It is with great sadness that we share the news that Diane M. Becker, ScD, MPH, RN, an expert in the prevention and management of coronary disease, passed away peacefully at home in Baltimore, Maryland, on November 17 with family at her side. She was 78.
A 1964 graduate of the Johns Hopkins Hospital School of Nursing, Dr. Becker was nursing director of intensive care units in London, Boston, and Chapel Hill, NC, before Dr. David Levine recruited her to the Johns Hopkins School of Medicine faculty in 1984 as a researcher in cardiovascular disease prevention. In 1987, she was the first nurse to receive a primary academic appointment in the School of Medicine, in the Department of Medicine Division of General Internal Medicine, with a joint appointment in the Bloomberg School Department of Health Policy and Management.
At the School of Public Health, Dr. Becker completed a master's of public health in 1979 and a doctor of science in health policy and management in 1984. Her doctoral thesis on cardiovascular risk in siblings of adults with premature coronary artery disease grew into a landmark NIH-funded cohort study. With her colleague and husband, Lewis Becker, a professor in the Department of Medicine Division of Cardiology, she founded the Johns Hopkins Sibling and Family Heart Study (now known as GeneSTAR). This unique family study recruited over 4,000 participants from two generations, collecting data over 35 years to investigate genetic and lifestyle risk factors for early heart disease. The study’s impact was heightened by Dr. Becker’s foresight to collect DNA on all subjects, most of whom have undergone whole genome sequencing. This genetic material become the foundation for the discovery of novel genetic variants associated with platelet function and early onset coronary artery disease. Today, the Sibling Study continues to produce new knowledge regarding biological, genetic, behavioral, and socio-cultural risk factors for cardiovascular disease, as well as effective interventions to lower overall cardiovascular risk profiles in the families of individuals with genetic markers for the disease.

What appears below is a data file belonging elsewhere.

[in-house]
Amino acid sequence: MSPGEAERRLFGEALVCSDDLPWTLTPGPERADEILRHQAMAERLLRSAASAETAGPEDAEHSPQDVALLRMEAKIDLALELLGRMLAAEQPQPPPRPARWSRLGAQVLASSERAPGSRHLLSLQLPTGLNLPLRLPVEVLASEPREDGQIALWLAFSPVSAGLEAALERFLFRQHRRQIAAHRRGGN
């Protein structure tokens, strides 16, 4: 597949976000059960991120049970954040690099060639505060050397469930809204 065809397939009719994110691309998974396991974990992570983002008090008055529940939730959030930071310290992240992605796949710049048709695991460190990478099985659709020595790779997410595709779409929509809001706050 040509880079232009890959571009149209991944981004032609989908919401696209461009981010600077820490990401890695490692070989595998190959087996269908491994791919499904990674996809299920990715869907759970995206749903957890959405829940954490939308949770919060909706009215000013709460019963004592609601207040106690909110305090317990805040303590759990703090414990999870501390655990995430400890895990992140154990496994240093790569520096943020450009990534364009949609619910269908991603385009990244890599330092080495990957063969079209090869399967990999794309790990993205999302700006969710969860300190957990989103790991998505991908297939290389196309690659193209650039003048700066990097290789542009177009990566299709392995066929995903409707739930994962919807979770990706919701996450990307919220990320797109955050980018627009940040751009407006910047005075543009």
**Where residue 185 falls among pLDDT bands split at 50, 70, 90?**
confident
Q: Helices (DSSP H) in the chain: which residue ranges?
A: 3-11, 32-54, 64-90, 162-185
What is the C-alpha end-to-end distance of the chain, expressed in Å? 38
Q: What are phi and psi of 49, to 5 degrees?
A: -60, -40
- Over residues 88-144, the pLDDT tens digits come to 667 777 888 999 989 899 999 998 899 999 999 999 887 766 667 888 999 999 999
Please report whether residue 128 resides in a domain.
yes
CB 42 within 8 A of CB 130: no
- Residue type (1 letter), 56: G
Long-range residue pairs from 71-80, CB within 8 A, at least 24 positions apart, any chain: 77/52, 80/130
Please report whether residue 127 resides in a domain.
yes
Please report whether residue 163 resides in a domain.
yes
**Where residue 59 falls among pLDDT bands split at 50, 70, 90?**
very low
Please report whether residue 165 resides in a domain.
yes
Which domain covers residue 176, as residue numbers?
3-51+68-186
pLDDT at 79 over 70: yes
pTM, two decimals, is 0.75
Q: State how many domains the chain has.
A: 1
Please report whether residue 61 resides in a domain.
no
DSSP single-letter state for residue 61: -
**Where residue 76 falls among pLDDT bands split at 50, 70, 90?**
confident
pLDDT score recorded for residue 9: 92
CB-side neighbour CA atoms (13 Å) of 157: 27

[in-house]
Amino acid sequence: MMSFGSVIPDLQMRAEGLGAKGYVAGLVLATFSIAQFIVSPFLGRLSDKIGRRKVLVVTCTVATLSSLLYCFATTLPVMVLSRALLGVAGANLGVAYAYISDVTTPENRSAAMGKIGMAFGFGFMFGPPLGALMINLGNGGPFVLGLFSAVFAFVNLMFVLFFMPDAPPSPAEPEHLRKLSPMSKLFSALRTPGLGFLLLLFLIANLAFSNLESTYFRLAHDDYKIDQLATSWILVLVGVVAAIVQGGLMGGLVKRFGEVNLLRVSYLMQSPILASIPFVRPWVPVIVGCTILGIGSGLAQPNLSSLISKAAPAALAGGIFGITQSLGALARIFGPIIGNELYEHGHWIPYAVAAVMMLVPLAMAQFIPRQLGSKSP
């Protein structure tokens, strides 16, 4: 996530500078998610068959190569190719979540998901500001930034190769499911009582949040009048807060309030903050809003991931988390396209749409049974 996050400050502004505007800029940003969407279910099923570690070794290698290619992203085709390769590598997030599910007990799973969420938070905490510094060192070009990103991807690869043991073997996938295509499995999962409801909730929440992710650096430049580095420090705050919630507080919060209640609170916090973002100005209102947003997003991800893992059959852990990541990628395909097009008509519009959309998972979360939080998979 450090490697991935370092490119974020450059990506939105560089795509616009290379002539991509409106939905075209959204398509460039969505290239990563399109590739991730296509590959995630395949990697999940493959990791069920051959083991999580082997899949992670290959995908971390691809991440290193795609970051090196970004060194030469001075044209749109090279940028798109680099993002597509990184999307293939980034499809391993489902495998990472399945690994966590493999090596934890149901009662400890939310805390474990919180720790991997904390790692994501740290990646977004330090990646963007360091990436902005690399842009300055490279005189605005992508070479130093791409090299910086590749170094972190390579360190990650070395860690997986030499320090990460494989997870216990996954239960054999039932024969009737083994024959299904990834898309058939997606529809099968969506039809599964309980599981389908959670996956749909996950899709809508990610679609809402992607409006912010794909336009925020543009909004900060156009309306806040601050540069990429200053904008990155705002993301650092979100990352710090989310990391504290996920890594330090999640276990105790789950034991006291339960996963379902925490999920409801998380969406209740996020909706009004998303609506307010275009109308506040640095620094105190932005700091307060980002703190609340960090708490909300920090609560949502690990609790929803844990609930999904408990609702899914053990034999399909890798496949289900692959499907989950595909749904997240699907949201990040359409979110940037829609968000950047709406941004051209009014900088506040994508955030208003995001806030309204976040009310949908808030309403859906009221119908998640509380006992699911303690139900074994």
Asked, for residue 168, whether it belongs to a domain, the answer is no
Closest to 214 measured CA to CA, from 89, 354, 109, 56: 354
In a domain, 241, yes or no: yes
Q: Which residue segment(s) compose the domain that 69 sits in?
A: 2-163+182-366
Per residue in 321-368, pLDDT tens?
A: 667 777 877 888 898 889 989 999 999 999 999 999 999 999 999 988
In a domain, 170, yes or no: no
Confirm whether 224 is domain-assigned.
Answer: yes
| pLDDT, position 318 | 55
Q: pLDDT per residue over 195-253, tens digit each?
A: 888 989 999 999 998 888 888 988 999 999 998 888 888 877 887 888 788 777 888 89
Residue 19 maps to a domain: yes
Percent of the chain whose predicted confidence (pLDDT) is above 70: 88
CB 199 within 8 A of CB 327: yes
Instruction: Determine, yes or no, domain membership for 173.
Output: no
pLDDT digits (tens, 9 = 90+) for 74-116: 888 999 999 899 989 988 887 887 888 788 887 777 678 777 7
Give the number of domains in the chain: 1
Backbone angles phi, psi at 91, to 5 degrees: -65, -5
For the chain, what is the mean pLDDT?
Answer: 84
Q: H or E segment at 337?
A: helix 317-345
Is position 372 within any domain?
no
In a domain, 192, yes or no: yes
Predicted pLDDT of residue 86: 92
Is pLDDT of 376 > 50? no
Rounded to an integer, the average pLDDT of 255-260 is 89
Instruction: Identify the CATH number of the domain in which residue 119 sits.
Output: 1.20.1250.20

Dr. Becker partnered with pastors from 250 East Baltimore churches to form the award-winning Heart, Body, and Soul, Inc., an independent nonprofit organization designed to create real-world healthcare delivery alternatives in inner city African American communities. At the Johns Hopkins Brancati Center for the Advancement of Community Care, she was the founding director of research, focusing on community diabetes care and prevention in East Baltimore. Dr. Becker also stood out for her work in close partnership with CURE (Clergy United for Renewal in East Baltimore) to improve opportunities for community members to enter health careers. Her work at Johns Hopkins to reduce health disparities was recognized with awards from the American Heart Association, American Association of Medical Colleges, and President George W. Bush. In 1995, she was awarded a prestigious Robert Wood Johnson Foundation and Institute of Medicine Federal Health Policy Fellowship and worked in the office of Senator John Chafee, a member of the U.S. Senate Committee for Medicare and Low Income Families.
Dr. Becker was a sought-after mentor of students, post-doctoral fellows, and junior faculty from medicine, public health, and nursing. Through her Federal Health Policy Clerkship program, Hopkins medical students were placed in Congressional or Executive Branch offices in Washington, DC.
A passionate supporter of the John’s Hopkins Nursing Alumni Association, Dr. Becker worked with some 100 classmates to raise more than $500,000 to fund the Class of 1964 Terrace as part of a 45,000-square-foot expansion to the School of Nursing’s Anne M. Pinkard Building.
“Dr. Becker was a distinguished nurse researcher and mentor and a trailblazer for the nursing profession,” said Sarah Szanton, PhD, RN, FAAN, dean of JHSON. “She leaves a great legacy as a role model to all the alumni and students she touched throughout the years.”